Climate change and the Shoalhaven Coast
People who have lived on the coast for a long time will have first hand experience of the erosion that occurs in big storms. The worst erosion in Shoalhaven coast's history happened during big storms in the 1970s. High water levels and strong high waves cut into beaches and dunes, undermining houses and surf clubs and damaging ramps and stairways onto the beach.
A quiet time followed the 1970s, with few very large storms for more than 20 years. Over time, the sand washed off the beach during storms was pushed back onto the beach by gentle waves. Sand cut out by waves is known as the storm bite - the storm 'bite' can sometimes be seen in the dunes at the back of the beach.
Climate change has a big impact on the coast
Climate change is about more than erosion from occasional big storms.
Warmer than average temperatures, different seasonal rainfall, wind and storm patterns, as well as rising sea level are all part of climate change that are affecting our coastal community.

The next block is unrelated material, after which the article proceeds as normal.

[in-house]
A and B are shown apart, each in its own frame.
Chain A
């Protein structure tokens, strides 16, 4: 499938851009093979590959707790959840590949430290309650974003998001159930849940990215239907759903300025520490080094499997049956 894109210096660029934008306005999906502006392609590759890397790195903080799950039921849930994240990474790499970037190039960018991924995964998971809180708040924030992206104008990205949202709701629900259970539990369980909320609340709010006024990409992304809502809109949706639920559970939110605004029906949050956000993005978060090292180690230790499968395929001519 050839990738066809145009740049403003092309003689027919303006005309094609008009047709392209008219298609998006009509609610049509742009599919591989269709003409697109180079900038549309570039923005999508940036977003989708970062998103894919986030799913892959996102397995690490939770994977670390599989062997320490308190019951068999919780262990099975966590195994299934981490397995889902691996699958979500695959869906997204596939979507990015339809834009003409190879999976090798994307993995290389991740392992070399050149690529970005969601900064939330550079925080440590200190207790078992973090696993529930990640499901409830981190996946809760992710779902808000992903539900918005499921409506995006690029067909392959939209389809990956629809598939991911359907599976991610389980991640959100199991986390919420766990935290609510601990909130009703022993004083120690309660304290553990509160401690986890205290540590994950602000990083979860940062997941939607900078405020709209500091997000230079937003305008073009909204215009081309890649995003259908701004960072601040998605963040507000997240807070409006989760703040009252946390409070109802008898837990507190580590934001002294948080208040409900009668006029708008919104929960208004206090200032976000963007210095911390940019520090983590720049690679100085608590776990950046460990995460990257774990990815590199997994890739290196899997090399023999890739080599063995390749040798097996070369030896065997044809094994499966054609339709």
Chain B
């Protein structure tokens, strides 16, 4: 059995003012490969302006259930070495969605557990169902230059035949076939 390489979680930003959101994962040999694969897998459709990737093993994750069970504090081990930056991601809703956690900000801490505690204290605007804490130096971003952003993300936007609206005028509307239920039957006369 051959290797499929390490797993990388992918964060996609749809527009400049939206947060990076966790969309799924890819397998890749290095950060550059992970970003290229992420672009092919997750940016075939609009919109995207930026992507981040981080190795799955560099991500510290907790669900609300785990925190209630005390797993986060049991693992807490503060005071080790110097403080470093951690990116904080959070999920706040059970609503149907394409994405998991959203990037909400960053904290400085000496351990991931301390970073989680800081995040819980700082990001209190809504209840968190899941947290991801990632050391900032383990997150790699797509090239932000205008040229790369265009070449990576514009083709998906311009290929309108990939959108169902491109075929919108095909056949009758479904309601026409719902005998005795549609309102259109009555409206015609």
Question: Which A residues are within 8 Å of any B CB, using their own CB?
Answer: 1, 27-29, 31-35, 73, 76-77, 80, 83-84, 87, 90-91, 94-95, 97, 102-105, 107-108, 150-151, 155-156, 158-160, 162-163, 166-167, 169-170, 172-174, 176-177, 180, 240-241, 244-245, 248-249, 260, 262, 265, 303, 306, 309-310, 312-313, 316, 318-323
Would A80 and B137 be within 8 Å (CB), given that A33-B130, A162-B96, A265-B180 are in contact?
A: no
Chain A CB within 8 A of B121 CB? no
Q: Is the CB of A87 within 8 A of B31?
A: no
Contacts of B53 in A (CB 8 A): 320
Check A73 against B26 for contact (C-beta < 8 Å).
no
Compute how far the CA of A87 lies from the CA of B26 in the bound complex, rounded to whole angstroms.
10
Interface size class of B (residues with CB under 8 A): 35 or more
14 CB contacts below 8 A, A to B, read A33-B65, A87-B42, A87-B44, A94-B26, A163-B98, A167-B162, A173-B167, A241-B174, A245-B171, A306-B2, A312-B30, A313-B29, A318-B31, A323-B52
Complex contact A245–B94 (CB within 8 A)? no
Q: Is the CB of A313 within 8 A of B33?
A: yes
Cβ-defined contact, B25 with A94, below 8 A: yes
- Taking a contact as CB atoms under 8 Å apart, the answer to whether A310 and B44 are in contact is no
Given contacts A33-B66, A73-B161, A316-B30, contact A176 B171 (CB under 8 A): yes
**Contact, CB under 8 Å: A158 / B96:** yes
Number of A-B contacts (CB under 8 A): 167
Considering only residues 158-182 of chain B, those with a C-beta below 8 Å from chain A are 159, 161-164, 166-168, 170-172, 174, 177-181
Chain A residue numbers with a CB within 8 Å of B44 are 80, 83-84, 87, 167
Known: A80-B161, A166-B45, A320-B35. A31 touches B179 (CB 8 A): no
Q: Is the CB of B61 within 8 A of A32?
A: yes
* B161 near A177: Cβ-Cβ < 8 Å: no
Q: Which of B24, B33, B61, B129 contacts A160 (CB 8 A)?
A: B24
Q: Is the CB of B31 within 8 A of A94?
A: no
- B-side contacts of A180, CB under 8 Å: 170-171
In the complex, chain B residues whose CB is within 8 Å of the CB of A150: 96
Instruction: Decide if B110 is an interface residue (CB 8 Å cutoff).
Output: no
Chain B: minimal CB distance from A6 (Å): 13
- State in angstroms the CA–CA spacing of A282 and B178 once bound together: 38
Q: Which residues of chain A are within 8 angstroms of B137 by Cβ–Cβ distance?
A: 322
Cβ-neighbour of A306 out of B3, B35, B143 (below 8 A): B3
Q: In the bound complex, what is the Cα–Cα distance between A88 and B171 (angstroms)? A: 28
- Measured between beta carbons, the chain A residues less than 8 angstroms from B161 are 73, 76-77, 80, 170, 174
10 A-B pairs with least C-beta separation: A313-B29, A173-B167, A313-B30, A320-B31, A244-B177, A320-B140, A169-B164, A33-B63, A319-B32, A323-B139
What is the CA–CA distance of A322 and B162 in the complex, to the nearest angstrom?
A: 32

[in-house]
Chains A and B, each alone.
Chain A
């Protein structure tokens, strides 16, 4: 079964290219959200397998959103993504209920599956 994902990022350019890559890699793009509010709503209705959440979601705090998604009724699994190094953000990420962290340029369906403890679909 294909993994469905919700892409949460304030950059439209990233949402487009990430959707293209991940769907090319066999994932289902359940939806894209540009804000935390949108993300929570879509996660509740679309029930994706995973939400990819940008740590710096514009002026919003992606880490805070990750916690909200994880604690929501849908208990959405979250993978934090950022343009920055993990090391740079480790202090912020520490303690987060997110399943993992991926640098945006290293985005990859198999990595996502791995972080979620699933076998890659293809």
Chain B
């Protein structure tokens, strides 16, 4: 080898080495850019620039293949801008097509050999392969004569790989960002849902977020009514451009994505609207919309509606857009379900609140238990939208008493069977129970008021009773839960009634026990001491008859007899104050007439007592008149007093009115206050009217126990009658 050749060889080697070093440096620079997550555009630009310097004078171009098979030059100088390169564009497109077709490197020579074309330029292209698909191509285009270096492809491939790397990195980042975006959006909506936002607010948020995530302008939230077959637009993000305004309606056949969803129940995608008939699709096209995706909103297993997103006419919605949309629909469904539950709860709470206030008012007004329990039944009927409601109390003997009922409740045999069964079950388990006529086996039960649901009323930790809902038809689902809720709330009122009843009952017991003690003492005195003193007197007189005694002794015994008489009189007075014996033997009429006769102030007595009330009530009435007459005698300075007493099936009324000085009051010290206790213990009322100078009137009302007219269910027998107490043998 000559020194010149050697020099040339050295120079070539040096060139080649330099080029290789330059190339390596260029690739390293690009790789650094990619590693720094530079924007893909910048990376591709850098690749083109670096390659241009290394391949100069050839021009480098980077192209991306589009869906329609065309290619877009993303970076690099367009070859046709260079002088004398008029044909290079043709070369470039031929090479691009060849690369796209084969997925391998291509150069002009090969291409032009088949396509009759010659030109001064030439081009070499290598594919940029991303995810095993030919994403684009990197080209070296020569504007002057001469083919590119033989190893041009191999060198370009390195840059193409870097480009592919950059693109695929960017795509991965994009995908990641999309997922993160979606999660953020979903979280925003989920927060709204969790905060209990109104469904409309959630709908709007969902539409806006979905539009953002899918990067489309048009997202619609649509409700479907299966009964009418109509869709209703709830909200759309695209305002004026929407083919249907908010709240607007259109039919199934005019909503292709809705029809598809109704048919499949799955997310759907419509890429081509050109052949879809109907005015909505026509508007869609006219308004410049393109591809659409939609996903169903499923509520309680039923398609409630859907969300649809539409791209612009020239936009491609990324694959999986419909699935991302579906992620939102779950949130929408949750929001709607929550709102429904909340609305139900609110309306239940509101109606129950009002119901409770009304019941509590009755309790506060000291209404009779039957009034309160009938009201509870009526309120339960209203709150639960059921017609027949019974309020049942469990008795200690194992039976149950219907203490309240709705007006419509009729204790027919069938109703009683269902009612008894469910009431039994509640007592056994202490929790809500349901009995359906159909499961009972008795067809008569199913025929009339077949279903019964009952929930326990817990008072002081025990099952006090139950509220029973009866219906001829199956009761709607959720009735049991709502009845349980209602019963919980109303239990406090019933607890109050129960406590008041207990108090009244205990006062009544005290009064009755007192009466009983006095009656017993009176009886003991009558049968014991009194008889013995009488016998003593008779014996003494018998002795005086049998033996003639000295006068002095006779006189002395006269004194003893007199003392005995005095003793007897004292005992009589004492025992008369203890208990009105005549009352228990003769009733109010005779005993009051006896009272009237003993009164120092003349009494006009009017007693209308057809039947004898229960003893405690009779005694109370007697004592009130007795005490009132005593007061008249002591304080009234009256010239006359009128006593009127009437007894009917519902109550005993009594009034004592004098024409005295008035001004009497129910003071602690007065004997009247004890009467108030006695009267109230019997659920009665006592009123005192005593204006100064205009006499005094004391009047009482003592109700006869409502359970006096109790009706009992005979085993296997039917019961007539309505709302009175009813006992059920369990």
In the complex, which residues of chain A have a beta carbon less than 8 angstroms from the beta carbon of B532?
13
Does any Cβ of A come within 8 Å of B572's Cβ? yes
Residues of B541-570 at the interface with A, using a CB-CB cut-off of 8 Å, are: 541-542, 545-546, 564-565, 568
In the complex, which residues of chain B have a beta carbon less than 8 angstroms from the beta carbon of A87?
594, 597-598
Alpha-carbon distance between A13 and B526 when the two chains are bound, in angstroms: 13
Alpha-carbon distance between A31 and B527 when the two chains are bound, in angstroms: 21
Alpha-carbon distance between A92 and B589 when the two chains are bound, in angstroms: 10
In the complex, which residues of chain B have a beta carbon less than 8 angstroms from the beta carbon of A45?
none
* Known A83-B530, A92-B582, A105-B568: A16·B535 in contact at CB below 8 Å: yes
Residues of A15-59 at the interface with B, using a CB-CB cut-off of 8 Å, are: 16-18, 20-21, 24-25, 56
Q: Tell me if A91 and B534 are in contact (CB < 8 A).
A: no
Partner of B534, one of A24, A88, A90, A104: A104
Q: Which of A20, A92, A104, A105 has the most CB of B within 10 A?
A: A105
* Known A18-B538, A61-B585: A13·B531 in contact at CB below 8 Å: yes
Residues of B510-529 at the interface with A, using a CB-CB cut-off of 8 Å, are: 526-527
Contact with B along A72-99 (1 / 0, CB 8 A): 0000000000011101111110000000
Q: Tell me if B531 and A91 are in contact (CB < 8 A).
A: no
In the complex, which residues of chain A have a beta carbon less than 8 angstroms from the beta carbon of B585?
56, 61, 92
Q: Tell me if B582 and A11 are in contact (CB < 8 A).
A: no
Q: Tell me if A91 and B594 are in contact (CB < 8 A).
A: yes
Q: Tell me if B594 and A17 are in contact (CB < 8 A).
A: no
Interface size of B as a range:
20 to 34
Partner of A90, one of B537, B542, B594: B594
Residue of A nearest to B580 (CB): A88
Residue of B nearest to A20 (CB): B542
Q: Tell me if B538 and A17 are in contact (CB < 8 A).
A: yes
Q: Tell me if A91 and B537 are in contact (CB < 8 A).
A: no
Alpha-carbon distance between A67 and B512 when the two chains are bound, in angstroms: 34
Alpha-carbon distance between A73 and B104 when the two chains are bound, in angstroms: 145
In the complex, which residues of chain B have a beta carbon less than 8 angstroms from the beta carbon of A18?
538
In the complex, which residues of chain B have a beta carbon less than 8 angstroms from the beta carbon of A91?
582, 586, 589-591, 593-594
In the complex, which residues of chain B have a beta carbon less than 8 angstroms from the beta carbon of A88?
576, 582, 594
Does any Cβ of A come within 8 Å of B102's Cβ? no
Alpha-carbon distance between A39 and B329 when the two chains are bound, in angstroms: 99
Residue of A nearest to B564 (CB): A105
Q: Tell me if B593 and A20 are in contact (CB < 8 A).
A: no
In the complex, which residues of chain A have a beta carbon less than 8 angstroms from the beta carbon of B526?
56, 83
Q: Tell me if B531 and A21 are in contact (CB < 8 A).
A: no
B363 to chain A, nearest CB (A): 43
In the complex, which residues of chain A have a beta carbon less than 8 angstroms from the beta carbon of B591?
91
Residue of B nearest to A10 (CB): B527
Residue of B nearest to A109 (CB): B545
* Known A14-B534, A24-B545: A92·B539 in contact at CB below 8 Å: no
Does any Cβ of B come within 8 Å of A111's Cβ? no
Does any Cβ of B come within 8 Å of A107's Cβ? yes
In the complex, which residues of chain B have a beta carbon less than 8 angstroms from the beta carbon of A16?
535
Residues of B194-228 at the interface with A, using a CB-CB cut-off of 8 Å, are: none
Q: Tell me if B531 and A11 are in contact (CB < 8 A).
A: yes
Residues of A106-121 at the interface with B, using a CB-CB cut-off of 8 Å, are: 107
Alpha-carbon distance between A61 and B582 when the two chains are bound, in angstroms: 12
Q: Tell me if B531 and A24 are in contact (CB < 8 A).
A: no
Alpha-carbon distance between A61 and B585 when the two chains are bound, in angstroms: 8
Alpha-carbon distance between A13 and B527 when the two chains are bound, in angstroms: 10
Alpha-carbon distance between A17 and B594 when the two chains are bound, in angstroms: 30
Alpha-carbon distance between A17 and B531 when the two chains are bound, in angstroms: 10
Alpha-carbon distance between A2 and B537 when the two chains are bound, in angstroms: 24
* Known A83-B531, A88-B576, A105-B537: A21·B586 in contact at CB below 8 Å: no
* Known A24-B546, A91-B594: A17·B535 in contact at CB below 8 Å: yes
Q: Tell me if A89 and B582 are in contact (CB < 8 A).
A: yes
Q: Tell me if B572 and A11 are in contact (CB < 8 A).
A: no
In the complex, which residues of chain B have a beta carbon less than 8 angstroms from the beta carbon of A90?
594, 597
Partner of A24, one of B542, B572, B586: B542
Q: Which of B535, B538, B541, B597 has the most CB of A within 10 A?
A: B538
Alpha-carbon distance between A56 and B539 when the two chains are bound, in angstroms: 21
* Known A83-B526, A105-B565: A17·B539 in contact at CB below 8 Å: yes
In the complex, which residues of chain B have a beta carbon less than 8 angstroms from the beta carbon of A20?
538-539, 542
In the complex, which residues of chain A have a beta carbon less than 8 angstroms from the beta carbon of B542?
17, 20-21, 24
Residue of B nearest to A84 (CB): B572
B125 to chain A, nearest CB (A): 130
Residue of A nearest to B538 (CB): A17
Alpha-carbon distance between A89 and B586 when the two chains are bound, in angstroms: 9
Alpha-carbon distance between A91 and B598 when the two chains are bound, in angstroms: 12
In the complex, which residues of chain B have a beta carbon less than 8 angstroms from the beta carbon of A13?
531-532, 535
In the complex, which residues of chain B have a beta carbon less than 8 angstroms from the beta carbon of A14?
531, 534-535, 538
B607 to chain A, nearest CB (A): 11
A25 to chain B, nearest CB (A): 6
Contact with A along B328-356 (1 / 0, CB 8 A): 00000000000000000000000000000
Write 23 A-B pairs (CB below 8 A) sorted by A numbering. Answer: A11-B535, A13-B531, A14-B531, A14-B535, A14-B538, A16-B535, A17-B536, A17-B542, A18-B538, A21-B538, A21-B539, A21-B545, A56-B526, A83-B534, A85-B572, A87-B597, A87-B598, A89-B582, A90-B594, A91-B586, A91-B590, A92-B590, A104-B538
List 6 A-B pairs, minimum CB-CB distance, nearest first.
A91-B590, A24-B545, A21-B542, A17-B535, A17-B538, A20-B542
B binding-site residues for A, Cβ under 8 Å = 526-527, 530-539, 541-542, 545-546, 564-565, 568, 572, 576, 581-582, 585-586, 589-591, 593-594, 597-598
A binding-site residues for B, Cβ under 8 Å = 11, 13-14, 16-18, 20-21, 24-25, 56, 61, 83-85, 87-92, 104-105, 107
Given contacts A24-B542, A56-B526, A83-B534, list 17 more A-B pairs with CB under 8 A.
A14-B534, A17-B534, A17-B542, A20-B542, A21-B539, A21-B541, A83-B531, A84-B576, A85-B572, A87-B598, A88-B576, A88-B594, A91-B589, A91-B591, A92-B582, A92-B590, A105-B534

When sea level rises, sandy beaches erode. Every extra centimetre of sea level results in about one metre of long-term coastal erosion. Higher sea levels also mean that coastal lakes are likely to be closed off from the sea for longer than they are now.
The NSW Government sea level rise policy requires that Council consider, as a minimum, 40cm sea level rise by 2050 and 90cm rise by 2100.
How will climate change affect the NSW south coast in the future?
For more information about how climate change is expected to affect the NSW South Coast, follow these links.
Australian Government Department of Climate Change
NSW Government Department of Environment, Climate Change and Water
Local Government and Shires Association
Structural protection for the coastline